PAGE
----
Erratum: An item in Tuesday's review should have read:
"Maariv cited research conducted by an organization
aiding new immigrants, according to which the Israeli
economy gains USD 200,000 from each immigrant from
North America."
Arab affairs commentator Danny Rubinstein wrote in left-
leaning, independent Ha'aretz: "Lately ... there
appears to be a change in public opinion in both the
West Bank and Gaza, and Abbas can now make such a
statement [against the use of weapons in the Intifada]
without causing an uproar or provoking public
Foreign News Editor Arik Bachar wrote in popular,
pluralist Maariv: "At this time the West is not
interested in weakening Israel, but actually in
strengthening her."
Nationalist writer Emuna Elon opined in mass-
circulation, pluralist Yediot Aharonot: "What is
important now is to take advantage of Arafat's passing
in order to offer a concrete solution to the refugee
Block Quotes:
I. "Confident Abbas Can Afford to Be Anti-Weapons"
Arab affairs commentator Danny Rubinstein wrote in left-
leaning, independent Ha'aretz (December 15): "Mahmoud
Abbas is a confident man, certain of a landslide
victory on January 9 in the Palestinian Authority's
presidential elections. That is the conclusion that
can be drawn from the clear statement he made in his
interview with Ash-Sharq Al-Awsat against the use of
weapons in the Intifada. Abbas's position was long
known, and one that was repeated. But this is the
first time he has said so publicly after the death of
Yasser Arafat. Abbas's stand against what he calls the
'military Intifada' caused him much damage in the past,
as Palestinian public opinion largely supported attacks
against Israel and condemned Abbas. Lately, however,
there appears to be a change in public opinion in both
the West Bank and Gaza, and Abbas can now make such a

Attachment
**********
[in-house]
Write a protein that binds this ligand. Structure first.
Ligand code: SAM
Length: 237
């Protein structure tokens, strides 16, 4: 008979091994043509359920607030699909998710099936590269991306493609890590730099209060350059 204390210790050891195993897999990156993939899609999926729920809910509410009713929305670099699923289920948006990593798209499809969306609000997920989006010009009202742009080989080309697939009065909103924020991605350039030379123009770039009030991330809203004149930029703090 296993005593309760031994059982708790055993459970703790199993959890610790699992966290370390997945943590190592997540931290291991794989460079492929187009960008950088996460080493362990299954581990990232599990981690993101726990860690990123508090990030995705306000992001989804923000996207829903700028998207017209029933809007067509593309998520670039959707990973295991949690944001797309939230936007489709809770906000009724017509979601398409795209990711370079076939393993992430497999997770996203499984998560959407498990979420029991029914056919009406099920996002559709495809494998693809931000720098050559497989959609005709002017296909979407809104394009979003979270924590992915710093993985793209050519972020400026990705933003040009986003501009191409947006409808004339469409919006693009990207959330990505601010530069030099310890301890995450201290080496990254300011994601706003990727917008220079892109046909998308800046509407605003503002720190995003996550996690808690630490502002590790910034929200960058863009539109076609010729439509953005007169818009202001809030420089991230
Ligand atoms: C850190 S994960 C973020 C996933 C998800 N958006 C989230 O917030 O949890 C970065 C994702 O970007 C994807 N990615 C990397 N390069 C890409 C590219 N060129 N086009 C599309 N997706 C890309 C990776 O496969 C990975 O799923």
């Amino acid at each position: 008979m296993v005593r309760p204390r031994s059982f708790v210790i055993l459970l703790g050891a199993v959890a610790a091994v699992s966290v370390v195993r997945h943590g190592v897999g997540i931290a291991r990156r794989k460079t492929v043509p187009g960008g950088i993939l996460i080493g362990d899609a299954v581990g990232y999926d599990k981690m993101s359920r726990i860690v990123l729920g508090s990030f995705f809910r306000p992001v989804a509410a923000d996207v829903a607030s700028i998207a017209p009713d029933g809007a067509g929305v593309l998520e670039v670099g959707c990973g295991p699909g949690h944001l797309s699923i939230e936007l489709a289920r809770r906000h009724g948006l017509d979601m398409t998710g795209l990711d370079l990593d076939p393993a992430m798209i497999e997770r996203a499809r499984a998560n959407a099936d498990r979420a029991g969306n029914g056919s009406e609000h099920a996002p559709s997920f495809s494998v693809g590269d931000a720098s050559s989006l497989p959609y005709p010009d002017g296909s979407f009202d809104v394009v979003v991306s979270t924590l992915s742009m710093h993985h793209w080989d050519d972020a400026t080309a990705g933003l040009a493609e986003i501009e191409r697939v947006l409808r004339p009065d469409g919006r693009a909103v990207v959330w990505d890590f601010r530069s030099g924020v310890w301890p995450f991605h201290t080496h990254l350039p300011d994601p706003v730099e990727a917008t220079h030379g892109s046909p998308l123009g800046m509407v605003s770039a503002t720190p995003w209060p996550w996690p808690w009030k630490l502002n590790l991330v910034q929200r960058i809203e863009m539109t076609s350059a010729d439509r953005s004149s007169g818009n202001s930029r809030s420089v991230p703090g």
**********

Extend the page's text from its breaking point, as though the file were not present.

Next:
statement without causing an uproar or provoking public
opposition. His confidence in his victory is the
result of several elements, including Marwan
Barghouti's dropping out of the race, which resulted in
complete unity in Fatah behind Abbas.... Abbas also
feels good about his ability to reach an agreement with
Hamas.... Abbas also feels good about his ability to
reach an agreement with Hamas."
II. "The World Actually Supports Israel"
Foreign News Editor Arik Bachar wrote in popular,
pluralist Maariv (December 15): "Without much fanfare,
the connection between Israel and the NATO alliance --
the strongest military body since the Roman Empire --
is tightening. During 2005, we'll most certainly see
IDF troops take part in one of the central arenas of
the battle against international terrorism.... [Also,]
the tightening of ties between Israel and very powerful
regional bodies, such as the EU and NATO, raises a
range of possibilities. At this time the West is not
interested in weakening Israel, but actually in
strengthening her.... It is clear that the destruction
of Israel's power would encourage fundamentalist
terrorism, which has long turned from Israel's private
problem into the key threat to international
III. "Refugees Now"
Nationalist writer Emuna Elon opined in mass-
circulation, pluralist Yediot Aharonot (December 15):
"More and more Israelis are finally beginning to
understand that the refugee camps will not disappear of
their own accord, the aspiration of the camp residents
to return to their lands inside Israel will not
dissipate over time, and the terror issuing from the
camps will not stop as long as the aspiration to return
is alive and kicking. Still, only few people place the
issue of Palestinian refugees in its proper place, high
on the national agenda. Therefore, Foreign Minister
Silvan Shalom should be praised for the courageous
speech he intends to give today on this topic at the
Herzliya Conference.... What is important now is to
take advantage of Arafat's passing in order to offer a
concrete solution to the refugee problem. It is
important to mobilize the international community to
invest billions in rehabilitating the refugees, it is
imperative to require Syria and Lebanon to absorb the
residents of the camps in their territory, and it is
vital to ask other countries in the world to also take
in Palestinian refugees to the best of their ability,
since only a small portion of them can be settled in
Judea, Samaria and Gaza [i.e. the territories].
Minister Shalom is supposed to speak today about all of
this, and he must not be deterred by those who allege
that his plan is 'not logical': it is much less logical
to ignore the refugee camps as Israel has done up until
now, or to refuse to rehabilitate them on the grounds
that their rehabilitation would constitute a